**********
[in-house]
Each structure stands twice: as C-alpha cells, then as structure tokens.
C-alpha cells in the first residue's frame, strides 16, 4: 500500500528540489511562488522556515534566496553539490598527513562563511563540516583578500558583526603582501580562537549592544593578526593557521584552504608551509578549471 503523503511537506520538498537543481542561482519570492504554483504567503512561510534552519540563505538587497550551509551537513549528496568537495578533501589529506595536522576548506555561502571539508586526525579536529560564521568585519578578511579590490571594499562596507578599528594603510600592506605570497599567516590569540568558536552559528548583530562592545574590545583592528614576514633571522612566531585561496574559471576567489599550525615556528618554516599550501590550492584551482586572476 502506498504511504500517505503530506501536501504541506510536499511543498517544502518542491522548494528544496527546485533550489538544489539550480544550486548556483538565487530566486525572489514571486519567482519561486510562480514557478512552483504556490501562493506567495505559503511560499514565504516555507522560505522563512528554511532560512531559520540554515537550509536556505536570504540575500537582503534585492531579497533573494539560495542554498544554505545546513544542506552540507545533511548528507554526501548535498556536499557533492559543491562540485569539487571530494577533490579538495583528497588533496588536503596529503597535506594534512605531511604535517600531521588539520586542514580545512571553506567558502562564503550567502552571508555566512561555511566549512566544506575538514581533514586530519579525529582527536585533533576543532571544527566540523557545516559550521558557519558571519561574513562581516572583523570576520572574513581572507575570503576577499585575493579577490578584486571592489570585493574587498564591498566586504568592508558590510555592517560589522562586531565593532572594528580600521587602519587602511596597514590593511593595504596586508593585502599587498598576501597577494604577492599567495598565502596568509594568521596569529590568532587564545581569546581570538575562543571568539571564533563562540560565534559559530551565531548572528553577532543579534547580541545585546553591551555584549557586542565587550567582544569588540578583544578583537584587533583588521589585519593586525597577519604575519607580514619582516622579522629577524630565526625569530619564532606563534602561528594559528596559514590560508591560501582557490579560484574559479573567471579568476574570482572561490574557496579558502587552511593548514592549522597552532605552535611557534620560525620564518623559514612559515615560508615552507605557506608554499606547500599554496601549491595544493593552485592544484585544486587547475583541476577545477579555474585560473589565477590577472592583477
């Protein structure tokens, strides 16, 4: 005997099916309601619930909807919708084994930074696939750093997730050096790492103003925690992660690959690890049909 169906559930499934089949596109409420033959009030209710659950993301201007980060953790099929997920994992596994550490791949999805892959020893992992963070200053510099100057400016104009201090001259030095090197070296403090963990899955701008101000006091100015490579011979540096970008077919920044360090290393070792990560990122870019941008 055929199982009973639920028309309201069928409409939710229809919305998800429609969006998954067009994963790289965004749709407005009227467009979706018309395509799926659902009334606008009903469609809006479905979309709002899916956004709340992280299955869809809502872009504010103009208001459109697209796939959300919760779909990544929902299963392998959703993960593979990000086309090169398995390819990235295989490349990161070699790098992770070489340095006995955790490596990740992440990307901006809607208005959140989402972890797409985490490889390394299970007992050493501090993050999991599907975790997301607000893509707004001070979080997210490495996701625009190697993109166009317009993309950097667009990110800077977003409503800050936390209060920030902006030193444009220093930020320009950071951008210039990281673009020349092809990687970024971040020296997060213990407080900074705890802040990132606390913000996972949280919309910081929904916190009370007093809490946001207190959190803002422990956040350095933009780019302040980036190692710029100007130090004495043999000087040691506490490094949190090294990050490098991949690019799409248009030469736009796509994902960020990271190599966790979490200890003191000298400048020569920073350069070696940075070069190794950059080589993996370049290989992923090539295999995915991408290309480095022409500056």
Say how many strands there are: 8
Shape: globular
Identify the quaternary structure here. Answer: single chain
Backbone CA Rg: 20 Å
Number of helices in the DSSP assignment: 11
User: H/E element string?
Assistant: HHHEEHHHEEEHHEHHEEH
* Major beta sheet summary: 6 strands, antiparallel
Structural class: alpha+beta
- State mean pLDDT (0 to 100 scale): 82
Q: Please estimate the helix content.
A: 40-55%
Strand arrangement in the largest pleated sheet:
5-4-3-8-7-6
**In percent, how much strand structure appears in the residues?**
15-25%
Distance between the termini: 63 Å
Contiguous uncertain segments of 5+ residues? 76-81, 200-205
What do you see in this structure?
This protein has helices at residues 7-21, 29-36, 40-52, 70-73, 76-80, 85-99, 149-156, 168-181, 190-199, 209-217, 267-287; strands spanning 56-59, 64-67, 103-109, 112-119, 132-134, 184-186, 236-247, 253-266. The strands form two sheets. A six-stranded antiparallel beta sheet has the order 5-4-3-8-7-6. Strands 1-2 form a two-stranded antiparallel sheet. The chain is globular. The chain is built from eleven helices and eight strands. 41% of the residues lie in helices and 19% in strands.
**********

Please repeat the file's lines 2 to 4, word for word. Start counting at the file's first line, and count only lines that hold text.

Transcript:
Each structure stands twice: as C-alpha cells, then as structure tokens.
C-alpha cells in the first residue's frame, strides 16, 4: 500500500528540489511562488522556515534566496553539490598527513562563511563540516583578500558583526603582501580562537549592544593578526593557521584552504608551509578549471 503523503511537506520538498537543481542561482519570492504554483504567503512561510534552519540563505538587497550551509551537513549528496568537495578533501589529506595536522576548506555561502571539508586526525579536529560564521568585519578578511579590490571594499562596507578599528594603510600592506605570497599567516590569540568558536552559528548583530562592545574590545583592528614576514633571522612566531585561496574559471576567489599550525615556528618554516599550501590550492584551482586572476 502506498504511504500517505503530506501536501504541506510536499511543498517544502518542491522548494528544496527546485533550489538544489539550480544550486548556483538565487530566486525572489514571486519567482519561486510562480514557478512552483504556490501562493506567495505559503511560499514565504516555507522560505522563512528554511532560512531559520540554515537550509536556505536570504540575500537582503534585492531579497533573494539560495542554498544554505545546513544542506552540507545533511548528507554526501548535498556536499557533492559543491562540485569539487571530494577533490579538495583528497588533496588536503596529503597535506594534512605531511604535517600531521588539520586542514580545512571553506567558502562564503550567502552571508555566512561555511566549512566544506575538514581533514586530519579525529582527536585533533576543532571544527566540523557545516559550521558557519558571519561574513562581516572583523570576520572574513581572507575570503576577499585575493579577490578584486571592489570585493574587498564591498566586504568592508558590510555592517560589522562586531565593532572594528580600521587602519587602511596597514590593511593595504596586508593585502599587498598576501597577494604577492599567495598565502596568509594568521596569529590568532587564545581569546581570538575562543571568539571564533563562540560565534559559530551565531548572528553577532543579534547580541545585546553591551555584549557586542565587550567582544569588540578583544578583537584587533583588521589585519593586525597577519604575519607580514619582516622579522629577524630565526625569530619564532606563534602561528594559528596559514590560508591560501582557490579560484574559479573567471579568476574570482572561490574557496579558502587552511593548514592549522597552532605552535611557534620560525620564518623559514612559515615560508615552507605557506608554499606547500599554496601549491595544493593552485592544484585544486587547475583541476577545477579555474585560473589565477590577472592583477
């Protein structure tokens, strides 16, 4: 005997099916309601619930909807919708084994930074696939750093997730050096790492103003925690992660690959690890049909 169906559930499934089949596109409420033959009030209710659950993301201007980060953790099929997920994992596994550490791949999805892959020893992992963070200053510099100057400016104009201090001259030095090197070296403090963990899955701008101000006091100015490579011979540096970008077919920044360090290393070792990560990122870019941008 055929199982009973639920028309309201069928409409939710229809919305998800429609969006998954067009994963790289965004749709407005009227467009979706018309395509799926659902009334606008009903469609809006479905979309709002899916956004709340992280299955869809809502872009504010103009208001459109697209796939959300919760779909990544929902299963392998959703993960593979990000086309090169398995390819990235295989490349990161070699790098992770070489340095006995955790490596990740992440990307901006809607208005959140989402972890797409985490490889390394299970007992050493501090993050999991599907975790997301607000893509707004001070979080997210490495996701625009190697993109166009317009993309950097667009990110800077977003409503800050936390209060920030902006030193444009220093930020320009950071951008210039990281673009020349092809990687970024971040020296997060213990407080900074705890802040990132606390913000996972949280919309910081929904916190009370007093809490946001207190959190803002422990956040350095933009780019302040980036190692710029100007130090004495043999000087040691506490490094949190090294990050490098991949690019799409248009030469736009796509994902960020990271190599966790979490200890003191000298400048020569920073350069070696940075070069190794950059080589993996370049290989992923090539295999995915991408290309480095022409500056």